It all Makes me Grateful

Were someone to analyze my posts from the time I began my blog, July 2003 until now, they would notice a recurring theme - gratitude. I have written about it many times, and when I ponder what to write, it keeps popping up.

I do not think, "Gee, I think I will write about gratitude again." Instead, some event of the day comes to mind, then I leap right to that feeling, state-of-mind, condition, attitude, or whatever you want to call it. Today is no exception. One of my encounters steered me to the "G" word and I found myself thanking God for something new.

If you read my posts, you know that I am a Licensed Professional Counselor. I work at a mental health clinic and I do intake assessments. I like the job for many reasons, but perhaps one of those high on the list of reasons is it keeps me humble. Every day I come face to face with people who are struggling and suffering. Though some suffer with self-inflicted problems, more often than not, a perfect storm of circumstances has struck a hard knock down blow.

The humility I mentioned arises from the realization that, "But for the grace of God, go I." I have struggled at times in life. I have had to overcome obstacles, but I am fortunate to have many things others do not. I have health, friends, family, and enough money to let me sleep at night. I am thankful everyday for it, but I know my time will come. Health problems, death, and loss come to us all.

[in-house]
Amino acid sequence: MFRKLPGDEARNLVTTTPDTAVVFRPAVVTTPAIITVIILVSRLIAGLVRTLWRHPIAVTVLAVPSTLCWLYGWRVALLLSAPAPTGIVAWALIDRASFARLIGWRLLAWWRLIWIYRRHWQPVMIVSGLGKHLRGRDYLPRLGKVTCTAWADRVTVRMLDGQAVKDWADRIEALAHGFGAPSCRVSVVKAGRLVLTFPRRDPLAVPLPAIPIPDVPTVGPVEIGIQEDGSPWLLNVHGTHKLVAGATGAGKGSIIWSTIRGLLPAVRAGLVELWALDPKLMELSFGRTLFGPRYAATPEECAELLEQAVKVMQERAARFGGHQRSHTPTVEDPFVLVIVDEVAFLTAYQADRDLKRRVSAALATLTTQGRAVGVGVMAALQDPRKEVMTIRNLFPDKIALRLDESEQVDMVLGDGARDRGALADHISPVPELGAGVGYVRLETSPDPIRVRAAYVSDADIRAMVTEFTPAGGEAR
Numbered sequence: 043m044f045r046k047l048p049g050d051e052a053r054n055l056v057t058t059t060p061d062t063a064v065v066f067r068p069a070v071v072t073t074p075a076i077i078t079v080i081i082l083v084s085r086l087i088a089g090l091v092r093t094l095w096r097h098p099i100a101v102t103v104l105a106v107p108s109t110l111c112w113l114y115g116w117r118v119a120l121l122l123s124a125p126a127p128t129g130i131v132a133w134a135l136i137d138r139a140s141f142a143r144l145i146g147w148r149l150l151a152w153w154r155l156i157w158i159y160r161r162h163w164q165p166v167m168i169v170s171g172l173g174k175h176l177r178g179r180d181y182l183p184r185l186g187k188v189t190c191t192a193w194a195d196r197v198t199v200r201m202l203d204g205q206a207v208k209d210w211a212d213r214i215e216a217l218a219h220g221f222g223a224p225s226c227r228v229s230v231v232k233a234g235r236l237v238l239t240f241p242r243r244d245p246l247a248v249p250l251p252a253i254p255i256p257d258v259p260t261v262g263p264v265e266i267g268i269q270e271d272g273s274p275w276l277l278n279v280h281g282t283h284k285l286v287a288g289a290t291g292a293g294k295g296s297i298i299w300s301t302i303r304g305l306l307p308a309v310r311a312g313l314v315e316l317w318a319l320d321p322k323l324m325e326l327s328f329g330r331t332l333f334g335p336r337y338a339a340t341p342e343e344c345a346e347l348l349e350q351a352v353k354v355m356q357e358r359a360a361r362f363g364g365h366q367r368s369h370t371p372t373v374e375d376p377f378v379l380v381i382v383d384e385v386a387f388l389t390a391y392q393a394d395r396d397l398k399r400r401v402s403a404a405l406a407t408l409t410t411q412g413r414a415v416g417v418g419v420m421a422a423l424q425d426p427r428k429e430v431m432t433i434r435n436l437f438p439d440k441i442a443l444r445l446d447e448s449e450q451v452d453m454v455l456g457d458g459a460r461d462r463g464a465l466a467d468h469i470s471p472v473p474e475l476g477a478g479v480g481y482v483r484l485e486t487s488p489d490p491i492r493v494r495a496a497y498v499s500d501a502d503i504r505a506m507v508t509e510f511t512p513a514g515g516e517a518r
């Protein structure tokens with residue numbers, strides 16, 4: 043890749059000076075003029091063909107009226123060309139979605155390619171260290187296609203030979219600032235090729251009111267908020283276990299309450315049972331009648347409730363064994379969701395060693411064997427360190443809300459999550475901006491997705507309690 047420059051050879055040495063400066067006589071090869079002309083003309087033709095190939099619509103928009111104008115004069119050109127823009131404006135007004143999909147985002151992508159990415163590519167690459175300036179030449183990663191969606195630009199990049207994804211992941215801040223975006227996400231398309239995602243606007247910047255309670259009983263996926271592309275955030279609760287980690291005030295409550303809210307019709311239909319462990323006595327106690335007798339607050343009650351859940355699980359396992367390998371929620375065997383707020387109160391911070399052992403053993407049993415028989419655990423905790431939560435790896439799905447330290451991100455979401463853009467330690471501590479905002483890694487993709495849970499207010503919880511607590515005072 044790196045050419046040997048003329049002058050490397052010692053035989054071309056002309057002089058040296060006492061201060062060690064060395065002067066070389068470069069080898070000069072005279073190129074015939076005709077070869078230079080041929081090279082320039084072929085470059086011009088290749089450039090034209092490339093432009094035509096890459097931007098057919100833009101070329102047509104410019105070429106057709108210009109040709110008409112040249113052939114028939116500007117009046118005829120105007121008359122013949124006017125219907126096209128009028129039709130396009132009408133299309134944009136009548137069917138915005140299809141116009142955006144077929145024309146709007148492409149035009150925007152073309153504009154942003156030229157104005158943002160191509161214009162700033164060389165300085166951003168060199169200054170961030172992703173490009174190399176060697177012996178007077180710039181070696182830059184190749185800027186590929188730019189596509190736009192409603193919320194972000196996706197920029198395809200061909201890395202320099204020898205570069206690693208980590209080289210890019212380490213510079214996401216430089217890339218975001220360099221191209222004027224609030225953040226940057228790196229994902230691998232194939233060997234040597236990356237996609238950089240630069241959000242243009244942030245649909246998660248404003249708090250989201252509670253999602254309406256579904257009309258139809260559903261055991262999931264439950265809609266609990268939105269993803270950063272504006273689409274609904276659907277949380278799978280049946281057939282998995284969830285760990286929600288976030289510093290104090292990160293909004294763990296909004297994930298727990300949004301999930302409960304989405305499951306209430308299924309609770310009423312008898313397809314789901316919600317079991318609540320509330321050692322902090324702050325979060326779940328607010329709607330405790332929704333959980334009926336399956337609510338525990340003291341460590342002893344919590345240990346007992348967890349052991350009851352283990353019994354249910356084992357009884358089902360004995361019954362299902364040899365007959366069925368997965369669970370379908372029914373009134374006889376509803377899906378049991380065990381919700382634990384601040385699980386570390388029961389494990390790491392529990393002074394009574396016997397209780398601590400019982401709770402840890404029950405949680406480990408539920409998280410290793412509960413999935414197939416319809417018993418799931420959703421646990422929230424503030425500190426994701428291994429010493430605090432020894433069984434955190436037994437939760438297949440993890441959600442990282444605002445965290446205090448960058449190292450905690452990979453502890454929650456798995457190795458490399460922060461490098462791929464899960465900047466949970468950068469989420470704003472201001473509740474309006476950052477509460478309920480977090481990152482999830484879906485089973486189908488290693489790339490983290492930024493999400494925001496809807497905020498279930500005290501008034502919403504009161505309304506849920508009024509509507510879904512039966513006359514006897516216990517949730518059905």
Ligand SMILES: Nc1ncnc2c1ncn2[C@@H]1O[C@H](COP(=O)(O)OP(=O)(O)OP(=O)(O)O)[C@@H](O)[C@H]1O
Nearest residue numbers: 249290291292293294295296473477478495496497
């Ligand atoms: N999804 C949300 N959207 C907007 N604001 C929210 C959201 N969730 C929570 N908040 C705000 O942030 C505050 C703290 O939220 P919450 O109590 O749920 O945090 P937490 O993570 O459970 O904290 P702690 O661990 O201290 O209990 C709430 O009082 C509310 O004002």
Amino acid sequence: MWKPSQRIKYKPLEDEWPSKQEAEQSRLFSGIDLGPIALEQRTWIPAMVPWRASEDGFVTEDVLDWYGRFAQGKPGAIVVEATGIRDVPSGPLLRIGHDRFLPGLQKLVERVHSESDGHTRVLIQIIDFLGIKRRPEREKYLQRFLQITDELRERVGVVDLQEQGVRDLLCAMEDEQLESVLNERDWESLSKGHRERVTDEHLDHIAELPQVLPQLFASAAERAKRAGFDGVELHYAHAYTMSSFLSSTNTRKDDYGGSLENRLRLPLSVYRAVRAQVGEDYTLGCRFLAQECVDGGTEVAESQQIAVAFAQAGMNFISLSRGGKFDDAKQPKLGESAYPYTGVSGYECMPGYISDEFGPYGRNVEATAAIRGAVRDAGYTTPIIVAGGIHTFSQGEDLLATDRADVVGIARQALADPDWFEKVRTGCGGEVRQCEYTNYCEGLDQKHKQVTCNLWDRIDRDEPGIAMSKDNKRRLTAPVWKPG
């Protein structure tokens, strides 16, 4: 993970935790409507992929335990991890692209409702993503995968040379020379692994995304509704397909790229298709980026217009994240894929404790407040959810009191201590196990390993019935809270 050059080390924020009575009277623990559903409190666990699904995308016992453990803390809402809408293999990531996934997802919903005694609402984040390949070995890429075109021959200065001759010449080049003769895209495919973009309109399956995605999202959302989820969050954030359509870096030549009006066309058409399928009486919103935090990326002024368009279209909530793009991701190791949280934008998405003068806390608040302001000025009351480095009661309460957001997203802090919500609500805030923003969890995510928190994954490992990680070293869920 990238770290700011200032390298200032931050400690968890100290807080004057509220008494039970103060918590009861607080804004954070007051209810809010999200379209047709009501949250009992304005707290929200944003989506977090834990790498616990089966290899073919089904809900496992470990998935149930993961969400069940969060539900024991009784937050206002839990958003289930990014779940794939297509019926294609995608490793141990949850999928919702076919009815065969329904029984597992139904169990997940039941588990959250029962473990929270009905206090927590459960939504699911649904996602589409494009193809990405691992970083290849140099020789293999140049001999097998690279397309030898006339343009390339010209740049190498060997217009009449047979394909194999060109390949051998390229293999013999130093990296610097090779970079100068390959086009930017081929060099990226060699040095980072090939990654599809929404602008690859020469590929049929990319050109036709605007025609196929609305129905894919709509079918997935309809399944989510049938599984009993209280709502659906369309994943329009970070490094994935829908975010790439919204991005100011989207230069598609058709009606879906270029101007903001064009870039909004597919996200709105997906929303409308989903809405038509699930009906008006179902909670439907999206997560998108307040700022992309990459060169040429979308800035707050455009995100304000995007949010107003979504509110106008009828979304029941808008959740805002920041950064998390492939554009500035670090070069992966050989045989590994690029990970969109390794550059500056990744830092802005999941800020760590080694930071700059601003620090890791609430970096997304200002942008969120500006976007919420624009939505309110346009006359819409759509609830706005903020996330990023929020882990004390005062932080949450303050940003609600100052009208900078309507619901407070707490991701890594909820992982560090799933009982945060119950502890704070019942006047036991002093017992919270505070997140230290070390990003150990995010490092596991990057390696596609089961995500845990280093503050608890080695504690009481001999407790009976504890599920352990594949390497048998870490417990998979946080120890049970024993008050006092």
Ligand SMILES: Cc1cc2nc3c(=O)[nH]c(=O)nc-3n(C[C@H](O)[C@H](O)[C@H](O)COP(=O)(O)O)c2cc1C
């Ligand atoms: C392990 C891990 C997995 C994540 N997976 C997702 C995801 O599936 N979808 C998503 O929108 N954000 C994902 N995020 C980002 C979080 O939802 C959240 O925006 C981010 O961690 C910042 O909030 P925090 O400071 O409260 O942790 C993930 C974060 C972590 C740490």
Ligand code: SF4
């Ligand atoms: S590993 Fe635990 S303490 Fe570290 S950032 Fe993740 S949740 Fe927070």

Today, I went up front to meet the person I was to assess. The individual was about my age, which always triggers a comparison. The person had difficulty walking because of neurological difficulties. They could only walk with assistance. I could make a long list of what that person did not have, what that person could not do, and the problems that person has had. I will, however, not tempt the HIPPA police.

The point is, I reacted with thanks and appreciation to God. That then motivates me to help, to do what I can to ease suffering or connect with a resource to improve a life. It is not a sense of pity, but a desire to help fueled by an awareness of what I have and what I do not have to deal with.